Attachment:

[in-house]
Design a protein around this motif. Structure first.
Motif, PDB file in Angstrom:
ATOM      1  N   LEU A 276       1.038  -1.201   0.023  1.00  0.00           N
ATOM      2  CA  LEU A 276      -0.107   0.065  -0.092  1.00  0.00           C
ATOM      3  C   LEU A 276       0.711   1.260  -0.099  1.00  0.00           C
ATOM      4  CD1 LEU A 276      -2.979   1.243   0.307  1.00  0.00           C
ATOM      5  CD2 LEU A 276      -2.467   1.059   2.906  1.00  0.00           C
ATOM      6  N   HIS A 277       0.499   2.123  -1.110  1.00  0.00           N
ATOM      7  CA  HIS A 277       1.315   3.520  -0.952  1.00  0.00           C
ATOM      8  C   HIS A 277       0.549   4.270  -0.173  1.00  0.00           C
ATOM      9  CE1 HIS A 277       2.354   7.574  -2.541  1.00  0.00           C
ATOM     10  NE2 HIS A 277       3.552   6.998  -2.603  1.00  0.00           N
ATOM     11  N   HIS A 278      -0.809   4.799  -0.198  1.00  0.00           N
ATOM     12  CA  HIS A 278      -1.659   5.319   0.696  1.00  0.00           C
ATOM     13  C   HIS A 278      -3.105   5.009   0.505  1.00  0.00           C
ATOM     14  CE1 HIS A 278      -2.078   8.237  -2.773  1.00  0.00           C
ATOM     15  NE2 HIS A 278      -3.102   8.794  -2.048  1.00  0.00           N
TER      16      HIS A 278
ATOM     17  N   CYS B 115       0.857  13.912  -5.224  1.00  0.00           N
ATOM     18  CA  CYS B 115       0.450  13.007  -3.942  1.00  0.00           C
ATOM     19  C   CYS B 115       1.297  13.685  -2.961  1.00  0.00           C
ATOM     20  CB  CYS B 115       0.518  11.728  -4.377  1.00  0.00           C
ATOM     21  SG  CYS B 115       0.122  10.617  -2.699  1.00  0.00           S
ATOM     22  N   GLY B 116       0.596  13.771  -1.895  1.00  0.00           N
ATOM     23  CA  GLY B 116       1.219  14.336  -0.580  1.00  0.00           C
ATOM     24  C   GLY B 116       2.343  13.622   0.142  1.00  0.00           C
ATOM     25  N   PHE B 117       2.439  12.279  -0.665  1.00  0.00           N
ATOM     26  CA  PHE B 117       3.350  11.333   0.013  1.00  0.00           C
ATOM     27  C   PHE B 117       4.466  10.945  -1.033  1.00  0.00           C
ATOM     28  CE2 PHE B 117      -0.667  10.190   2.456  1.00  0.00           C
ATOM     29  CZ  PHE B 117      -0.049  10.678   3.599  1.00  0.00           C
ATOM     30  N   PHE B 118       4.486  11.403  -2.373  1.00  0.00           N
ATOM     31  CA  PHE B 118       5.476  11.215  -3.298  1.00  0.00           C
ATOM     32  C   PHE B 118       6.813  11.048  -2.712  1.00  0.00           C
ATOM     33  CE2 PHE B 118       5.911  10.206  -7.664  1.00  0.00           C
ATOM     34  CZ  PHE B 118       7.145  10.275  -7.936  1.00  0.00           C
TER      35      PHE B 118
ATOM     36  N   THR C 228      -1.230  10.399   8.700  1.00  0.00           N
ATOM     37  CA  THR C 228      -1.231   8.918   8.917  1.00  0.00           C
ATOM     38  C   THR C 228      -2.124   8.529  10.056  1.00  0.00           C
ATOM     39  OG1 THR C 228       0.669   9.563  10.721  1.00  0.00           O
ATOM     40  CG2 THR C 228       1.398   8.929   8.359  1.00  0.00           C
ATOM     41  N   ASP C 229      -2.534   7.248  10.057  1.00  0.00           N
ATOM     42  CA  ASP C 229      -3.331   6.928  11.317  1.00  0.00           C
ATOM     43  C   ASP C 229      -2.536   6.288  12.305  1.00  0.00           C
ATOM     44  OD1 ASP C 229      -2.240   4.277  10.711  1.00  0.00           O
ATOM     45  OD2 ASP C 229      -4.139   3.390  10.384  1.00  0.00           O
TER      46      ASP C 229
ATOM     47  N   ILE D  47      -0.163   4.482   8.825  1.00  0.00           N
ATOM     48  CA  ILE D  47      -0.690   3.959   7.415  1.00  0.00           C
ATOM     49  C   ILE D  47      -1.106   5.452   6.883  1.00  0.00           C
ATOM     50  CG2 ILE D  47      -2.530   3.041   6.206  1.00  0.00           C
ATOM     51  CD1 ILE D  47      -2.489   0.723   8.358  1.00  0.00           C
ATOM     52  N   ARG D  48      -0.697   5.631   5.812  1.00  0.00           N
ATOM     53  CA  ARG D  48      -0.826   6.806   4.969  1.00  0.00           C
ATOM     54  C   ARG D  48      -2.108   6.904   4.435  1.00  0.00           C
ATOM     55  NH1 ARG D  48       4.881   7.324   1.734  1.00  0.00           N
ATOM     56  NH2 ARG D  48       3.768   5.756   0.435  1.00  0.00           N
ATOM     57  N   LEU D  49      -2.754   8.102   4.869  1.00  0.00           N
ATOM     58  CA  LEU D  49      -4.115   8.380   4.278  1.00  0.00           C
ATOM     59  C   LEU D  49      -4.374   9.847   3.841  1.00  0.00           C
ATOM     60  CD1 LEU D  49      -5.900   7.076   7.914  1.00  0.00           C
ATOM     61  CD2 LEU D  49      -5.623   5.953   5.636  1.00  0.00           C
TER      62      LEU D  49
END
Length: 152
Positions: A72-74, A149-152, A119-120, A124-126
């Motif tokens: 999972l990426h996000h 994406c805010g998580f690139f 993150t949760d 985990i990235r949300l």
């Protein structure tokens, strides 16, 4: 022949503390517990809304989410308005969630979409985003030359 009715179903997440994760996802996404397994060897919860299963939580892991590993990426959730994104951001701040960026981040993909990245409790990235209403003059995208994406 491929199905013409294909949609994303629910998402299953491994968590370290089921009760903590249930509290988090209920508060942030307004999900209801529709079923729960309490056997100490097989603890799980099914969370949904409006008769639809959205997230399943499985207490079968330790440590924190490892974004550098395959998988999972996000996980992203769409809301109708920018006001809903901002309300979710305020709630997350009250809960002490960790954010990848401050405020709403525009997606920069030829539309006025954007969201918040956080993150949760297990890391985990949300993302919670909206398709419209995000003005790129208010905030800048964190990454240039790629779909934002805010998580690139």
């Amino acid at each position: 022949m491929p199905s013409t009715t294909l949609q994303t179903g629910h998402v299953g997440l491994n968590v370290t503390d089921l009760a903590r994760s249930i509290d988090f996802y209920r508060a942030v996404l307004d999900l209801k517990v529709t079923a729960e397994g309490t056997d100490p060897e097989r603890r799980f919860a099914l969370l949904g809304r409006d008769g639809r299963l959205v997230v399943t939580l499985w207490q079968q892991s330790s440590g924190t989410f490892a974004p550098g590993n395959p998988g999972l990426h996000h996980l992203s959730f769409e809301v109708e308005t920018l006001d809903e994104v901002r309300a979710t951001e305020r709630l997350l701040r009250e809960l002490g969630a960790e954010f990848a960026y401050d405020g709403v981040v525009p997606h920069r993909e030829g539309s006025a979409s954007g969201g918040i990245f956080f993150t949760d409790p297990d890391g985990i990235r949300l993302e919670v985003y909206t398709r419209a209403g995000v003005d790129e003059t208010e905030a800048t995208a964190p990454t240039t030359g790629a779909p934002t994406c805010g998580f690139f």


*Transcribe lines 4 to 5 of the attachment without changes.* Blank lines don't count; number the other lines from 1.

ATOM      1  N   LEU A 276       1.038  -1.201   0.023  1.00  0.00           N
ATOM      2  CA  LEU A 276      -0.107   0.065  -0.092  1.00  0.00           C